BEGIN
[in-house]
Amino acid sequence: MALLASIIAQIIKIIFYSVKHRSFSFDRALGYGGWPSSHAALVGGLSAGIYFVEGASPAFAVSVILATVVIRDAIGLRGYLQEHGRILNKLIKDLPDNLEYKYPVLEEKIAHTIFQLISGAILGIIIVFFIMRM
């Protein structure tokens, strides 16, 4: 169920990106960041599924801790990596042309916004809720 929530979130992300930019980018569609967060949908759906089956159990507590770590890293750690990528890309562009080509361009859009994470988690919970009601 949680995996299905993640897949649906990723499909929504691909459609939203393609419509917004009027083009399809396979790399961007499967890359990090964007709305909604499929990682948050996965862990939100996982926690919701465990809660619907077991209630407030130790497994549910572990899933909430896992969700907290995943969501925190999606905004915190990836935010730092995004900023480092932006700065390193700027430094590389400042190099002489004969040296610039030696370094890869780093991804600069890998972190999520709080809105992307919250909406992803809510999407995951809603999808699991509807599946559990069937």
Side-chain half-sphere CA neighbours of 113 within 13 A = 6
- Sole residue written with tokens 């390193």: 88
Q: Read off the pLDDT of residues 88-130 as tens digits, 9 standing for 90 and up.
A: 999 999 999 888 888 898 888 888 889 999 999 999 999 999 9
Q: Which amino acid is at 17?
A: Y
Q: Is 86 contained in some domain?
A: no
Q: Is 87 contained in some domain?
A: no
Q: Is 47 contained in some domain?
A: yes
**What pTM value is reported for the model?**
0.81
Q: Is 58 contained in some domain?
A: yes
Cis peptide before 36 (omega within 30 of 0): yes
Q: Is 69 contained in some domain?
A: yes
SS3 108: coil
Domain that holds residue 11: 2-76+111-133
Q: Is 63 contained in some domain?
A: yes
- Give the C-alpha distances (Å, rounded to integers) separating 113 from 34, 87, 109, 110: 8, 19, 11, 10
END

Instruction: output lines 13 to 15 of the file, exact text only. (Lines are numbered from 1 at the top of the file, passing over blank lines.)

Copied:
A: no
Q: Is 47 contained in some domain?
A: yes